“In 1977, Prime Minister Fukuda stated the Fukuda Doctrine, committing Japan to peace, and to cooperating as an equal partner of the ASEAN group and ASEAN member countries. This was at a crucial moment in ASEAN’s development. The Vietnam War had just ended, and for many ASEAN countries, the future looked extremely uncertain. Japan’s economy was then growing vigorously,” he said, adding that the Fukuda Doctrine and Japanese foreign direct investments made a tremendous impact on Asian growth.
“But after 1990, as Japan experienced protracted economic troubles, your attention understandably turned to domestic matters,” said the Prime Minister, acknowledging that in spite of the fact, Japan remains an important player with great influence.
JAPAN’S RELATIONSHIP WITH CHINA, US
Mr Lee also said he wanted to see Japan have stable and peaceful relations with its neighbours and big powers, in particular with China and the US.
“We are fortunate that Northeast Asia has been at peace – or at least has not been at war – since the Korean War ended more than 60 years ago. But if the peace is shaken, either because territorial disputes escalate out of control, or because tensions on the Korean peninsula destabilise the region, it will be big trouble. All the issues at stake in the various disputes will not be worth the price of war,” he said.
“Till today, China and Japan still have differences, including over the Senkakus or Diaoyu islands. But I hope both countries will work together to manage the disputes and also to pursue opportunities, and not see the relationship as a zero-sum game.”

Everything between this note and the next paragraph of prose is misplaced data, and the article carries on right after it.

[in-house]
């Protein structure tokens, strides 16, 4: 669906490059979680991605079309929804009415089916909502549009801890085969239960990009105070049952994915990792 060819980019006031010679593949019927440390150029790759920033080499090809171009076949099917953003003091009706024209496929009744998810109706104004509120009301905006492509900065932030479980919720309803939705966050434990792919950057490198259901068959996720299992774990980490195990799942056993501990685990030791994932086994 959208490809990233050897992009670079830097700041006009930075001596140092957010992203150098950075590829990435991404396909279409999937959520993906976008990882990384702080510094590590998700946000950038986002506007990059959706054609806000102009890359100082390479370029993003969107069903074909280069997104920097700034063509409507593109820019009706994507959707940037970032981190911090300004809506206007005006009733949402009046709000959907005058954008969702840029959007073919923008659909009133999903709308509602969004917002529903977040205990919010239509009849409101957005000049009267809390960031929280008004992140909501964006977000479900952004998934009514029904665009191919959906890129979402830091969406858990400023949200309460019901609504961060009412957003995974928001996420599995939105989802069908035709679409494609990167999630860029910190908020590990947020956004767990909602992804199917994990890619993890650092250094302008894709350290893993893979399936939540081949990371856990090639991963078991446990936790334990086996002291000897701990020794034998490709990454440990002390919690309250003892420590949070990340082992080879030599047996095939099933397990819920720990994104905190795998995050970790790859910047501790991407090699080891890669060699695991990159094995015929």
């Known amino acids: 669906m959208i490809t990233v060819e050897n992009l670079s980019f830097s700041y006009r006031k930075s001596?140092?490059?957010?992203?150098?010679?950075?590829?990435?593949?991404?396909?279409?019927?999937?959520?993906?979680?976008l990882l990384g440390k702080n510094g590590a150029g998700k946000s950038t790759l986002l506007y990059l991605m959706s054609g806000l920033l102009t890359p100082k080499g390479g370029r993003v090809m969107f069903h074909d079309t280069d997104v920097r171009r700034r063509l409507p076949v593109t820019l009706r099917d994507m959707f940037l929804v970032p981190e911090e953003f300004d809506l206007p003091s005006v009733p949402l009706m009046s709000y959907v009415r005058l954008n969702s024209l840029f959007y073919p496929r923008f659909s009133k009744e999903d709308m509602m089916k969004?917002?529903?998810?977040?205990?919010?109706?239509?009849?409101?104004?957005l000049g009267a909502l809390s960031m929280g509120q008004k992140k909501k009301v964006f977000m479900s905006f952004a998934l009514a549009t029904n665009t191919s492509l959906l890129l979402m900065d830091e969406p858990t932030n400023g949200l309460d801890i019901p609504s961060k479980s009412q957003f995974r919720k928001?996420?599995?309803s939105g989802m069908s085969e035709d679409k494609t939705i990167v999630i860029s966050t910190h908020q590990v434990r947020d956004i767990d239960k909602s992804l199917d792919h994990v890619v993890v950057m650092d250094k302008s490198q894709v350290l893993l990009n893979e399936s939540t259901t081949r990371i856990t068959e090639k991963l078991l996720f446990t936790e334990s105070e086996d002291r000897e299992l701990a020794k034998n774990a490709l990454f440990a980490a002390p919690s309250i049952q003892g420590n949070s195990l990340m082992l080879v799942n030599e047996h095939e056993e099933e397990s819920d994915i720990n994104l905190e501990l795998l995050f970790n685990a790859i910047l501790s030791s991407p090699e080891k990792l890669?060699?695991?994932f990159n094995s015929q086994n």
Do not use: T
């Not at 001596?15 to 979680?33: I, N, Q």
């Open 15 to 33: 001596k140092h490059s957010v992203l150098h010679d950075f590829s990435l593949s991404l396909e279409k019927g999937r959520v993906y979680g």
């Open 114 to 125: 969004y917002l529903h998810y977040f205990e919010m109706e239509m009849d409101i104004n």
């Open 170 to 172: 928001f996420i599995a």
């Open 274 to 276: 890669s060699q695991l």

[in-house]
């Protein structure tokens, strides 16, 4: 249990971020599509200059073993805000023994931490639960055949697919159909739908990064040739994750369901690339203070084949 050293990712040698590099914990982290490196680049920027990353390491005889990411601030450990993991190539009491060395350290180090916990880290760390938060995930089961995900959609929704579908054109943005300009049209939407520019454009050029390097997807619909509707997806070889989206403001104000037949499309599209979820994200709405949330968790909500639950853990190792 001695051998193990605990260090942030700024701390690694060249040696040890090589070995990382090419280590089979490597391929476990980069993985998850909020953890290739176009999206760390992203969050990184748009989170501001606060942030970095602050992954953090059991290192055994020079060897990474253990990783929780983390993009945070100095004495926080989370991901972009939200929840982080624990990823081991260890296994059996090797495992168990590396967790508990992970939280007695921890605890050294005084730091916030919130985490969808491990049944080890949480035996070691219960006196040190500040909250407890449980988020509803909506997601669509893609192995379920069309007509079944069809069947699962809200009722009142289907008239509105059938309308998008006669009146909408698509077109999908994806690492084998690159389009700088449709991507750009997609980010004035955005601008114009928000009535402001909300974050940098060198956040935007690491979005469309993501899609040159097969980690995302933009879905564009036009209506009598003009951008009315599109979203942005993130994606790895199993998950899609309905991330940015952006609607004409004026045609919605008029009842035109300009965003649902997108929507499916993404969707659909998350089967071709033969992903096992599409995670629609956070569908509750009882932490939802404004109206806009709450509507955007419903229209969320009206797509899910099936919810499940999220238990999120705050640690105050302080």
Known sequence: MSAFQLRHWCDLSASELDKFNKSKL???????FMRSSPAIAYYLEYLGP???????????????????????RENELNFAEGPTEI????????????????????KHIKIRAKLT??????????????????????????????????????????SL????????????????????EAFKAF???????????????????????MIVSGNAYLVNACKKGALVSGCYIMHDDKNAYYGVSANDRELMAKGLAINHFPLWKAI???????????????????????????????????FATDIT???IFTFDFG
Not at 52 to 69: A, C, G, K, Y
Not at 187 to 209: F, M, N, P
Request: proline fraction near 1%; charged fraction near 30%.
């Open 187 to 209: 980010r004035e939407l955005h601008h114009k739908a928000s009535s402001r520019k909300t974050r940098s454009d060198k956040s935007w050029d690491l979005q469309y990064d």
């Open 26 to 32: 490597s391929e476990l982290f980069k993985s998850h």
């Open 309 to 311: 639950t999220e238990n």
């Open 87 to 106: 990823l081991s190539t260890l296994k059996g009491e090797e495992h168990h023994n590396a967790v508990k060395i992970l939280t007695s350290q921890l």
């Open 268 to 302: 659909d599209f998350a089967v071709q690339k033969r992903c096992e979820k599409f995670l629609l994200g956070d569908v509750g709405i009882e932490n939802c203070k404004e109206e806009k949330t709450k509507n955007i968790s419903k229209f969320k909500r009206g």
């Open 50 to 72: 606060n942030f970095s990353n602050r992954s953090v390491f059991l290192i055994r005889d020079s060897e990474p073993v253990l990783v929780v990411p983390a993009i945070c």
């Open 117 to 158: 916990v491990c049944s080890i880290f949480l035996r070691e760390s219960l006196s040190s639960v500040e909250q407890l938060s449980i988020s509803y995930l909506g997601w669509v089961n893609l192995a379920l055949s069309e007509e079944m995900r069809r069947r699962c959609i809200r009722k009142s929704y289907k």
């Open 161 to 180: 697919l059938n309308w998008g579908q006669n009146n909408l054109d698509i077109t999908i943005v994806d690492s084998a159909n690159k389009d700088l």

He added that being simultaneously competitive and cooperative, the Japan-China relationship will require effort and accommodation on both sides.
“Therefore, I welcome the recent meeting between President Xi Jinping and Prime Minister Abe on the sideline of the G20 Summit in Hangzhou. Direct communication is the first step towards mutual understanding and resolution of differences. If both China and Japan work hard at it and avoid mishaps, both will save themselves a lot of problems, and the region will heave an enormous collective sigh of relief.”
He expressed hope that Japan will maintain its strong links with the US.
“The US-Japan Security Alliance has played an important role since the war. The alliance continues to be a cornerstone of regional stability, because it anchors the US in the region, and restrains countries in Northeast Asia from escalating their disputes,” he noted, adding that US nuclear umbrella “mitigates the risk that Japan may be forced to respond to North Korea’s militarisation and nuclear programme, with unforeseeable and dangerous consequences”.
But a military alliance does not exist independent of the overall relationship, he cautioned. “For the US-Japan Security Alliance to endure, there must also be shared and growing interest and partnership between the US and Japan. That is why the TPP is strategically important. It will deepen US engagement with Japan and the region. In turn, America’s continued interest in Asia will enhance Asia’s security and stability, and provide the basis for all countries in the region to grow in peace.”
“If Japan can maintain good relations with your neighbours and the powers, it will make it easier for Japan to advance PM Abe’s Proactive Contribution to Peace policy and also Japan’s Legislation for Peace and Security, within the context of the US-Japan Security Alliance,” he added.
“Singapore supports these initiatives, which call for an inclusive and rules-based regional architecture, and will enable Japan to play a larger role in regional and global affairs.”